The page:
Archived Story

Students praise Wright Flight

Published 5:58pm Monday, October 21, 2013

By doing the right things on the ground, some Washington-area students get to take to the air through the Wright Flight program at John Small Elementary School.

During a recent Washington City Council meeting, some of those students discussed how Wright Flight affected their lives.

“My fifth-grade year will always be special to me, and the Wright Flight program is part of the reason. I remember being skeptical where our class was told that we had the opportunity to pilot a plane. I knew there had to be a catch, and, of course, there was.” Said Jazire Boyd, a 2011 graduate of the Wright Flight program and now a student at P.S. Jones Middle School. “Our teachers wanted us to learn about the history of aviation, set a goal of improving one of our subject grades by seven points and pass the Wright Flight exam with a B or better. Do you know how hard it is to improve your nine-weeks grade by seven points? It’s more than difficult. However, the day we flew made all the hard work worth it.”

Boyd said the Wright Flight experience taught him that hard work and perseverance pay off.

“Wright Flight was an amazing experience for me. It helped me a lot. It helped me achieve all A’s and complete a project. Wright Flight is so much fun. You’re flying over Washington and find out things you didn’t know about your hometown. … I love Wright Flight and hope to fly a plane again soon,” said Emerson Davis, now a student at P.S. Jones Middle School.

Sherry Swain, who’s taught Wright Flight for six years, told the council about her experiences with the program.

“When students are first introduced to Wright Flight, the thing that excites them the most is the opportunity to fly. You can see their eyes light up when they imagine getting in the airplanes and flying, even being allowed to pilot a plane,” Swain said.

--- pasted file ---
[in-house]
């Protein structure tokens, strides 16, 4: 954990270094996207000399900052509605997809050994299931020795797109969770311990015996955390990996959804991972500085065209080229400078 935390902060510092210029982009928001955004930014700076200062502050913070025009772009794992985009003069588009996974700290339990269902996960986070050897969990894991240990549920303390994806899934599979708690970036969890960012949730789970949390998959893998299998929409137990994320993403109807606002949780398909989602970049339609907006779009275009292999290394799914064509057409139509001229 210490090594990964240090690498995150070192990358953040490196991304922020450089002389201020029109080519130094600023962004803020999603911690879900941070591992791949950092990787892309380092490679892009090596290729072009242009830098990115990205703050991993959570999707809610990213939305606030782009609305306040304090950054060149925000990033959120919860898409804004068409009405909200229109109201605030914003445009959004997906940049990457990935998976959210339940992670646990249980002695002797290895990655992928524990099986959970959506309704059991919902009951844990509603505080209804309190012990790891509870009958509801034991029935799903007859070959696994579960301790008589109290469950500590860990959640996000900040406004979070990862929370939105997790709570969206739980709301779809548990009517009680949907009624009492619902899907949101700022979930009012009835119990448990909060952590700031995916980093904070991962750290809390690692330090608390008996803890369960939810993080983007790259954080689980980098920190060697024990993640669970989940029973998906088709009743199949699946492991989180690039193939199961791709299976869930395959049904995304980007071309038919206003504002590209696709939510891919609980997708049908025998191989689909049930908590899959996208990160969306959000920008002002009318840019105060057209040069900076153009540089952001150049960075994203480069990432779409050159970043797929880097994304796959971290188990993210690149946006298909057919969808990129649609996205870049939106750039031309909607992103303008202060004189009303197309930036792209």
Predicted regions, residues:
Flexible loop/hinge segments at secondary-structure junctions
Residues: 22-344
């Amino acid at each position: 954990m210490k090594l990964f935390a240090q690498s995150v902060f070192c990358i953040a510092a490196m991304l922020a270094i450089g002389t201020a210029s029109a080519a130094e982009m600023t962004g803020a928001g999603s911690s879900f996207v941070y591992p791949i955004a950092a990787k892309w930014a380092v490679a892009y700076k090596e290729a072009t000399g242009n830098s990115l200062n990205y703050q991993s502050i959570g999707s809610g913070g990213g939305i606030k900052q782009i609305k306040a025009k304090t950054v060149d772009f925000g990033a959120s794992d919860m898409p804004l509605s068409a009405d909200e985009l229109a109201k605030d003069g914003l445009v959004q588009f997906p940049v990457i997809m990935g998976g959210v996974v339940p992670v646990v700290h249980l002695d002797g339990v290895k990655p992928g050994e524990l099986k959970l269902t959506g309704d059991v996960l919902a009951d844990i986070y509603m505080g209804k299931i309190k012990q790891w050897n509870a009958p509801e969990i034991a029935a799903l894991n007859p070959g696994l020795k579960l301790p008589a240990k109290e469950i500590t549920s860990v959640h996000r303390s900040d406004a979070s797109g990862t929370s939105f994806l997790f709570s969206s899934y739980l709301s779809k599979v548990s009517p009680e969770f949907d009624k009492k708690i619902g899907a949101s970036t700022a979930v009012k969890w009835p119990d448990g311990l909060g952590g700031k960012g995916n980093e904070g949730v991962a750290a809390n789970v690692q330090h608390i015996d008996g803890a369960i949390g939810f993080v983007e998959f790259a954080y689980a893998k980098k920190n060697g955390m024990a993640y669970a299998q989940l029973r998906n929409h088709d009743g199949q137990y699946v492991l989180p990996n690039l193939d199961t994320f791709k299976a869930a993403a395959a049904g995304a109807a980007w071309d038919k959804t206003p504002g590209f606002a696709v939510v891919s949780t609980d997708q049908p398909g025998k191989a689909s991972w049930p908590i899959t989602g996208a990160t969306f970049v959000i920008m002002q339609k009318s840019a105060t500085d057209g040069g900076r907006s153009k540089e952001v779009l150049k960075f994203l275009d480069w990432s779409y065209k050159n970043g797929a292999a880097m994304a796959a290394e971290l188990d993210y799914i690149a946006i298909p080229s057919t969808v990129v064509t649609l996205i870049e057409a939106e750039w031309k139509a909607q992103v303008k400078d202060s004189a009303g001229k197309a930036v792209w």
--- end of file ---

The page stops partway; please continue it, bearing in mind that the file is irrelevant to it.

Wright Flight takes students from the Wright Brothers to raid on Tokyo during World War II to the space shuttle as they study the history of aviation, Swain said.

“I’ve seen Wright Flight change the culture of a classroom. Students become closer and work together and discover more and more. Wright Flight teaches students not to give up and work hard for what they want,” Swain said.

By signing a contract, working hard and fulfilling that contract, a fifth-grade student is rewarded by taking a flight of about 20 minutes in small, private plane. Wright Flight teaches youngsters that hard work and keeping a promise can result in rewarding experiences, Swain noted.

The fifth-graders learn that lesson by studying aviation pioneers such as Orville and Wilbur Wright, who set objectives, worked hard to meet those objectives and overcame obstacles to write their names in the history books.
The focus of the Wright Flight program is the contract a student signs. As part of the contract, the student sets a goal and lists what must be done to achieve that goal, which should be challenging. The program’s preferred goal is to raise a grade in school, say from a B to an A in history or a C to a B in mathematics. Parents are encouraged to assist their children in reaching their goals.
Part of the Wright Flight program calls for students to abstain from using tobacco, drugs and alcohol. The program also provides students a second chance if they don’t meet their goals the first time around. That second chance comes during the next grading period.
Numerous Wright Flight participants are minority or disadvantaged children who probably never would have opportunities to fly in an airplane without Wright Flight.

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